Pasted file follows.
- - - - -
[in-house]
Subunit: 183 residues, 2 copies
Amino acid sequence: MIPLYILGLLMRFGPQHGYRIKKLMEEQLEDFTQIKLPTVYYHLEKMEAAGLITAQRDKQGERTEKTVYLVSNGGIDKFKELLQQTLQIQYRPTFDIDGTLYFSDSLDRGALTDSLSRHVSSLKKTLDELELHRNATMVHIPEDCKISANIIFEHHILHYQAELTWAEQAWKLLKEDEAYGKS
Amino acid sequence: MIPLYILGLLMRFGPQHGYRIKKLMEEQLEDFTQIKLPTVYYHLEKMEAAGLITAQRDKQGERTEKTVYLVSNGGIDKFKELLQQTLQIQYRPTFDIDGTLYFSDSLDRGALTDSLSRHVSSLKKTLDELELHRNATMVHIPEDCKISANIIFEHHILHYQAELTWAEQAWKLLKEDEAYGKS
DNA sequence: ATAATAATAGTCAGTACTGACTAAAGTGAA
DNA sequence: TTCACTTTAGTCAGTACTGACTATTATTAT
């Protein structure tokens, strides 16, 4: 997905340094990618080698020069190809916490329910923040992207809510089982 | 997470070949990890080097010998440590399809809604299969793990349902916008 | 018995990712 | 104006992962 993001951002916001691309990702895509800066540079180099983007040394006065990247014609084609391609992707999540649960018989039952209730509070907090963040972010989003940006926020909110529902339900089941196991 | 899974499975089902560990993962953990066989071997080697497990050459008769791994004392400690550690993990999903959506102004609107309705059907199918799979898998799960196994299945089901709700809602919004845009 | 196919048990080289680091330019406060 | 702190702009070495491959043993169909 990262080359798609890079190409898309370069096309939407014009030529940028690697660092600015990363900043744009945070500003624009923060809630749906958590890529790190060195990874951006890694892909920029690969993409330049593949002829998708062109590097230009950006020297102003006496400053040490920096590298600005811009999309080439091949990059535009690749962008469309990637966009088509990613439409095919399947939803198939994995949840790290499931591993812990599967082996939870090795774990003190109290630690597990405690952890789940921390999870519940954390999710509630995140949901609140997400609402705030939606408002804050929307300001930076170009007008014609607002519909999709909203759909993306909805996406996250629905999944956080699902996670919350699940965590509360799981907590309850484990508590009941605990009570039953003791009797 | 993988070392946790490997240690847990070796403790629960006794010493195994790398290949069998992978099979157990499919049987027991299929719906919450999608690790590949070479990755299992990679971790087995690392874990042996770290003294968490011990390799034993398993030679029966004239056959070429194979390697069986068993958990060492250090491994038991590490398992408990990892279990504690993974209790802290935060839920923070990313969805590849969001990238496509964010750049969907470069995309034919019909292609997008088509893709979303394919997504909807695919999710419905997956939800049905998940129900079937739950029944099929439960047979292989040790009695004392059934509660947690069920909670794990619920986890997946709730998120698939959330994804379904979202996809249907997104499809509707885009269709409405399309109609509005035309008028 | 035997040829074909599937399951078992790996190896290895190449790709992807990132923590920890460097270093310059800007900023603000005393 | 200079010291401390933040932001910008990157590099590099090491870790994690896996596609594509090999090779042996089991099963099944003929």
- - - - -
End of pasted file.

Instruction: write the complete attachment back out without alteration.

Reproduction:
[in-house]
Subunit: 183 residues, 2 copies
Amino acid sequence: MIPLYILGLLMRFGPQHGYRIKKLMEEQLEDFTQIKLPTVYYHLEKMEAAGLITAQRDKQGERTEKTVYLVSNGGIDKFKELLQQTLQIQYRPTFDIDGTLYFSDSLDRGALTDSLSRHVSSLKKTLDELELHRNATMVHIPEDCKISANIIFEHHILHYQAELTWAEQAWKLLKEDEAYGKS
Amino acid sequence: MIPLYILGLLMRFGPQHGYRIKKLMEEQLEDFTQIKLPTVYYHLEKMEAAGLITAQRDKQGERTEKTVYLVSNGGIDKFKELLQQTLQIQYRPTFDIDGTLYFSDSLDRGALTDSLSRHVSSLKKTLDELELHRNATMVHIPEDCKISANIIFEHHILHYQAELTWAEQAWKLLKEDEAYGKS
DNA sequence: ATAATAATAGTCAGTACTGACTAAAGTGAA
DNA sequence: TTCACTTTAGTCAGTACTGACTATTATTAT
């Protein structure tokens, strides 16, 4: 997905340094990618080698020069190809916490329910923040992207809510089982 | 997470070949990890080097010998440590399809809604299969793990349902916008 | 018995990712 | 104006992962 993001951002916001691309990702895509800066540079180099983007040394006065990247014609084609391609992707999540649960018989039952209730509070907090963040972010989003940006926020909110529902339900089941196991 | 899974499975089902560990993962953990066989071997080697497990050459008769791994004392400690550690993990999903959506102004609107309705059907199918799979898998799960196994299945089901709700809602919004845009 | 196919048990080289680091330019406060 | 702190702009070495491959043993169909 990262080359798609890079190409898309370069096309939407014009030529940028690697660092600015990363900043744009945070500003624009923060809630749906958590890529790190060195990874951006890694892909920029690969993409330049593949002829998708062109590097230009950006020297102003006496400053040490920096590298600005811009999309080439091949990059535009690749962008469309990637966009088509990613439409095919399947939803198939994995949840790290499931591993812990599967082996939870090795774990003190109290630690597990405690952890789940921390999870519940954390999710509630995140949901609140997400609402705030939606408002804050929307300001930076170009007008014609607002519909999709909203759909993306909805996406996250629905999944956080699902996670919350699940965590509360799981907590309850484990508590009941605990009570039953003791009797 | 993988070392946790490997240690847990070796403790629960006794010493195994790398290949069998992978099979157990499919049987027991299929719906919450999608690790590949070479990755299992990679971790087995690392874990042996770290003294968490011990390799034993398993030679029966004239056959070429194979390697069986068993958990060492250090491994038991590490398992408990990892279990504690993974209790802290935060839920923070990313969805590849969001990238496509964010750049969907470069995309034919019909292609997008088509893709979303394919997504909807695919999710419905997956939800049905998940129900079937739950029944099929439960047979292989040790009695004392059934509660947690069920909670794990619920986890997946709730998120698939959330994804379904979202996809249907997104499809509707885009269709409405399309109609509005035309008028 | 035997040829074909599937399951078992790996190896290895190449790709992807990132923590920890460097270093310059800007900023603000005393 | 200079010291401390933040932001910008990157590099590099090491870790994690896996596609594509090999090779042996089991099963099944003929």